Disappointed . . .

Discussion in 'General Education' started by deeceekids, Feb 27, 2011.

  1. deeceekids

    deeceekids Companion

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    Feb 27, 2011

    It has been so long since my last post. This school year has been a long, exhausting, disappointing, learning experience, and I do regret not having the time to post more often. This past summer, after many months of job searching in a new state, I accepted a position teaching a new grade level in a subject area I was not accustomed to teaching, in a school district more than an hour's drive away from my house. On top of it (not sure if it was planned or not, though colleagues tell me it probably was), I was given the worst behaved students in my grade level. When I went to the p for assistance with a couple of students, she did a brief 10 minute walk through my classroom and blamed my teaching methods as the cause of the students' behaviors even though other teachers (e.g. art teacher, p.e. teacher) had difficulties with my class. As a teacher with 10 years of experience in two other school districts and not one negative evaluation prior to this p's comments, I was so upset that I called a former principal and asked why she would have given me so many glowing evaluations if I was that horrible of a teacher. I never went to the P again for help no matter the situation, and she seemed to leave me alone, especially after my test scores turned out good. However, morale in the school (and district) is extremely low. Every teacher is in it for him/herself as he/she does not want to be the one on the P's (or other administrator's) bad side, so good teachers prefer not to share with lesser inexperienced teachers. There is inadequate teaching materials, and I have found myself making almost everything that I teach or having to spend countless hours looking up materials for lesson plans off the internet. I was cautioned by others on my team not to share with everyone and have been told that since I spend all that time making up materials, it would be unfair to share with others who have not put in the extra time (for whatever reason) to make the materials. The whole atmosphere is extremely negative, and teachers know how horrible it is. Everyone is afraid to voice their opinions, as they are all afraid of what the P will do. :(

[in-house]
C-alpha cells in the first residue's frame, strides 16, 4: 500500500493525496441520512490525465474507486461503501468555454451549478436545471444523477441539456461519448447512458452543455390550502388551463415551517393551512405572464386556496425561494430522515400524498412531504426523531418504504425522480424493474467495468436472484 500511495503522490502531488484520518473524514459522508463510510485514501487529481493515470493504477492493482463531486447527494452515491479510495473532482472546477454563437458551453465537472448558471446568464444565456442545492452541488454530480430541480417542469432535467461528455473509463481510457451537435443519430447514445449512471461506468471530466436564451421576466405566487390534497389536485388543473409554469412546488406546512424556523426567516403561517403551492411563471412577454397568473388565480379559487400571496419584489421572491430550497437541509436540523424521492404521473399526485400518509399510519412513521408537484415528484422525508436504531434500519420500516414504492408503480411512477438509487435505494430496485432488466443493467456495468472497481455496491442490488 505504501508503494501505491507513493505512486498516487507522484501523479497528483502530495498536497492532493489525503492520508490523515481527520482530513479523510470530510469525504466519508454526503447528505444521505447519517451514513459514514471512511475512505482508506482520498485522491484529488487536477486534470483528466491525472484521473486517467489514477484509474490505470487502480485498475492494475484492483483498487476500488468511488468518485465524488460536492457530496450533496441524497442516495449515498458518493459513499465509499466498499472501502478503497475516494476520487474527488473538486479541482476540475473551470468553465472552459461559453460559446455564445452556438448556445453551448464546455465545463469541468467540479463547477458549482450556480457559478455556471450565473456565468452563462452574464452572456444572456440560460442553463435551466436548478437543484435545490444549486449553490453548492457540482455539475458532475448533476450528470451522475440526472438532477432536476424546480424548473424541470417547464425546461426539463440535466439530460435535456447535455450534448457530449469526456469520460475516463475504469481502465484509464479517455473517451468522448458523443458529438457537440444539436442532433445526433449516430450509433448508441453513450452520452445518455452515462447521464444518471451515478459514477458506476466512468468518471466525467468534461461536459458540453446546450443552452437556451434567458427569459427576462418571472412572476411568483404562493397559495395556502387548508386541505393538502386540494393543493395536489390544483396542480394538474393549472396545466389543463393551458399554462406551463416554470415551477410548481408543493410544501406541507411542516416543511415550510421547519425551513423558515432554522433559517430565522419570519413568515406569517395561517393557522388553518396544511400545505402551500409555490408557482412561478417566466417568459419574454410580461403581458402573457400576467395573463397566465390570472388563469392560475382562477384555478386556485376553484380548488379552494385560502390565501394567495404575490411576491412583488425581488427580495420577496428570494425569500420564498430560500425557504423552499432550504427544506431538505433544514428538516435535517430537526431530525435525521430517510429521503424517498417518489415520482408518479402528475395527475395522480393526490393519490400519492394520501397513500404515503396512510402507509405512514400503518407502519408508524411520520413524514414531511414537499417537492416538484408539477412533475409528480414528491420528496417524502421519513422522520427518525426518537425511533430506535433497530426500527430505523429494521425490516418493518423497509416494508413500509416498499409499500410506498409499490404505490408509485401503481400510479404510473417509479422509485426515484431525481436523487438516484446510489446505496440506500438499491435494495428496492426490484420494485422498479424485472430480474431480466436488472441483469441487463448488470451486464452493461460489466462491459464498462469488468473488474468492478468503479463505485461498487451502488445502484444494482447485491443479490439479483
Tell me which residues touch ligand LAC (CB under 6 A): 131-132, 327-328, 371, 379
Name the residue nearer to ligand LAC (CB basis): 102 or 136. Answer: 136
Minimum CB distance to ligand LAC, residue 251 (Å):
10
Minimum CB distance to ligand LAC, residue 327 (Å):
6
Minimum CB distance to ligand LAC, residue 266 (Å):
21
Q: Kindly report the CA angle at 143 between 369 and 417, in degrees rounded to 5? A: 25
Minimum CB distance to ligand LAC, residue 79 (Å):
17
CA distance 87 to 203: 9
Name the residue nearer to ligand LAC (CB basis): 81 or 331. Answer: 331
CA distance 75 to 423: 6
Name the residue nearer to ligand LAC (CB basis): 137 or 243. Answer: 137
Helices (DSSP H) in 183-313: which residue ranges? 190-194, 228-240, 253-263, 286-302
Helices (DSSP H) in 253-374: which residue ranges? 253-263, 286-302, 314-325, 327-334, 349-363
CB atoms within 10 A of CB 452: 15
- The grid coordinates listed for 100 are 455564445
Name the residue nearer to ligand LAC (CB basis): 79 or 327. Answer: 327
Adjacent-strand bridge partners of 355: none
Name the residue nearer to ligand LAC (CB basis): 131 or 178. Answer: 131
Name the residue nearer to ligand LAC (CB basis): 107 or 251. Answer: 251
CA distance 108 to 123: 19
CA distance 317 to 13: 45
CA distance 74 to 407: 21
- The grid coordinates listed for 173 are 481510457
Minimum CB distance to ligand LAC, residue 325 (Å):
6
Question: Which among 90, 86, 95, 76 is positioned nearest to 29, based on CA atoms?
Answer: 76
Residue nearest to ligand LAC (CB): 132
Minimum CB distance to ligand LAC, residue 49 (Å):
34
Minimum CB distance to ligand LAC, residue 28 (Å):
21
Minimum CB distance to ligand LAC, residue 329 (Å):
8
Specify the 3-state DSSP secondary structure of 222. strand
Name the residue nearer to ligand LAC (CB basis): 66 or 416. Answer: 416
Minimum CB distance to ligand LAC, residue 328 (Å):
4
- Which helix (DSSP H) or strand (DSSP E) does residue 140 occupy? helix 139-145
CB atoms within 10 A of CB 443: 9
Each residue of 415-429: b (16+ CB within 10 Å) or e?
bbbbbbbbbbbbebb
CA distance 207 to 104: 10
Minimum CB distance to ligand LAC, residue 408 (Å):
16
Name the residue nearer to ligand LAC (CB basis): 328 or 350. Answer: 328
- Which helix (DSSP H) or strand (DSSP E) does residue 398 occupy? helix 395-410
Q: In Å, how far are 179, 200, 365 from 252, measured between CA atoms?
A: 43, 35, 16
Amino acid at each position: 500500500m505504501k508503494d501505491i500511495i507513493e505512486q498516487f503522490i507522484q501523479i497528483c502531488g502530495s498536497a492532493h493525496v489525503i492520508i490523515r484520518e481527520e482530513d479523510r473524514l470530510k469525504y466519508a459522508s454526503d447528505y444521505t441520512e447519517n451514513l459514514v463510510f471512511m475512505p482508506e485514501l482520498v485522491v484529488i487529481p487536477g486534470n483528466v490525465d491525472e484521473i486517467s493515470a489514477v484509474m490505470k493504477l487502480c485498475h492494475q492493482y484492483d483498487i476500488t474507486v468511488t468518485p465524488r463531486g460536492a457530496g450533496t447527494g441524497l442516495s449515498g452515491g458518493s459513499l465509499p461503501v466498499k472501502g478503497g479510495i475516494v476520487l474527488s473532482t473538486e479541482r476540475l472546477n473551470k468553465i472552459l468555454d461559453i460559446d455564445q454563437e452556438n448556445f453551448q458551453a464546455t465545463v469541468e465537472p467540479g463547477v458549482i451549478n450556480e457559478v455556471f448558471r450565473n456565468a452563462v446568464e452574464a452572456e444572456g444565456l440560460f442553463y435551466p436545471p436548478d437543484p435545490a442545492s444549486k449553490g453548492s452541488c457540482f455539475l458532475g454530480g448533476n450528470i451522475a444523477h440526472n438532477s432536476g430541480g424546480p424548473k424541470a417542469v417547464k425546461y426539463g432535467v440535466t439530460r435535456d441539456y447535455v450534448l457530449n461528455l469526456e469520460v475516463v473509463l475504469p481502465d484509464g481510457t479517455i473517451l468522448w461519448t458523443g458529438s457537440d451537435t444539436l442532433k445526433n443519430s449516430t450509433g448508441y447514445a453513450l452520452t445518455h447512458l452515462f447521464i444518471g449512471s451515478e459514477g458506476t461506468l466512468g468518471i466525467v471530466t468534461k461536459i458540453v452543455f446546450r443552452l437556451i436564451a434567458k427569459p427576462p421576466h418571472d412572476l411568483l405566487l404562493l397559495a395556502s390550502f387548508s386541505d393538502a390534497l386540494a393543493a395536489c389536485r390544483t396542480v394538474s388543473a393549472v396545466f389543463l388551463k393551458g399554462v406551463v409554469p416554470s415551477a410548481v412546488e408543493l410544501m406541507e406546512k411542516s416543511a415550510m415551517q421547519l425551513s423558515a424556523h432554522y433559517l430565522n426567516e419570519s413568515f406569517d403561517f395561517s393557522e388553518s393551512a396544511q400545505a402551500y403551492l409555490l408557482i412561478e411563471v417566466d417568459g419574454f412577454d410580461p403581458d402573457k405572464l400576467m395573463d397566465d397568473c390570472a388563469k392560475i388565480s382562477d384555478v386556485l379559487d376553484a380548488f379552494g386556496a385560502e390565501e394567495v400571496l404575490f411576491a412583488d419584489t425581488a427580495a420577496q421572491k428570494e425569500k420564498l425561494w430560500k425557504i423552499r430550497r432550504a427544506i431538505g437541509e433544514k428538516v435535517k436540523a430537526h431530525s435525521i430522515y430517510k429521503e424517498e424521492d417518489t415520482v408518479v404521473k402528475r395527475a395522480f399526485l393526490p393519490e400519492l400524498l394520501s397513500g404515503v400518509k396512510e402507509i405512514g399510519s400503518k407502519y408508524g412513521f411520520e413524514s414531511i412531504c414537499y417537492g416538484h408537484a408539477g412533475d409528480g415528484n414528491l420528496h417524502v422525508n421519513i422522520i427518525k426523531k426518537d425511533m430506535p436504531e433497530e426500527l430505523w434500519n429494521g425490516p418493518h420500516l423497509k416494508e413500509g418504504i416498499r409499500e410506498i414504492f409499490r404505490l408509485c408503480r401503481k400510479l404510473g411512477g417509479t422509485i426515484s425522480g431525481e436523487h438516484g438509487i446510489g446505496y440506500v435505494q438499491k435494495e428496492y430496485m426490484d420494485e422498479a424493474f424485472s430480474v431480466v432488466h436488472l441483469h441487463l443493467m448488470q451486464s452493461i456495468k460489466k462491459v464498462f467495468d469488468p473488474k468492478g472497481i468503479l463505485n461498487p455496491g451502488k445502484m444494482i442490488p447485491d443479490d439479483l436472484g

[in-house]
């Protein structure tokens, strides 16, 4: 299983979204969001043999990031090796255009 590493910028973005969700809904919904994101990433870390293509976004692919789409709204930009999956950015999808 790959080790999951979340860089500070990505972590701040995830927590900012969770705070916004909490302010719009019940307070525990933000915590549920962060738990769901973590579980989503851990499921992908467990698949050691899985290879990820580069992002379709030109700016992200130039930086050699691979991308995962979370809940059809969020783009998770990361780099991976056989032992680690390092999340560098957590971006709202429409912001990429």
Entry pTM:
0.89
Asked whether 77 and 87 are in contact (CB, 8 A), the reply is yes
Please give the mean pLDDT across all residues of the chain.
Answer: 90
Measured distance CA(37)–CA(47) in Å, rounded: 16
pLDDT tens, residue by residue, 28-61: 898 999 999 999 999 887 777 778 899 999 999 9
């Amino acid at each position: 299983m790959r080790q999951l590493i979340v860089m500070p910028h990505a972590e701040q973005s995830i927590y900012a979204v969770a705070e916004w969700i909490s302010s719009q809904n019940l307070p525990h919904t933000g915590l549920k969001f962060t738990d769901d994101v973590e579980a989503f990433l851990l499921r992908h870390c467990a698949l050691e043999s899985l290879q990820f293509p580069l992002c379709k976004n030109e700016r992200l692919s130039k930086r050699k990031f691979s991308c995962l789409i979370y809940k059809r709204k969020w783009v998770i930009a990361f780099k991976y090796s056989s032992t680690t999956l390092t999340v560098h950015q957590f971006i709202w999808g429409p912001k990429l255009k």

To make a long story short, I am so very burnt out from this school year. This is the first time that I have ever hated teaching. I will be looking for a new job once the school year is up. One thing I wished I would have done was join a teacher's union even before accepting a job offer. I would have then learned that I do have 45 days before the start of the school year to resign, even after I have signed a new teacher contract. I would advise anyone going into the teaching field to join a state teacher's union so that you know what the laws are.

    What I am worried about is that there won't be many jobs available with the budget cuts this year, and as much as I love teaching, I am even thinking about looking outside of k-12 education as I am so tired of all the politics that have somehow weaved their way into the k-12 teaching field. I just don't know what I could do outside of elementary education since everything I have done up until this point has been elementary education-related.

    Sorry this is such a long post, I wanted everyone to understand the situation I was in and hopefully give some insight if you have any. Thanks.
     
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  3. TamiJ

    TamiJ Virtuoso

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    Feb 27, 2011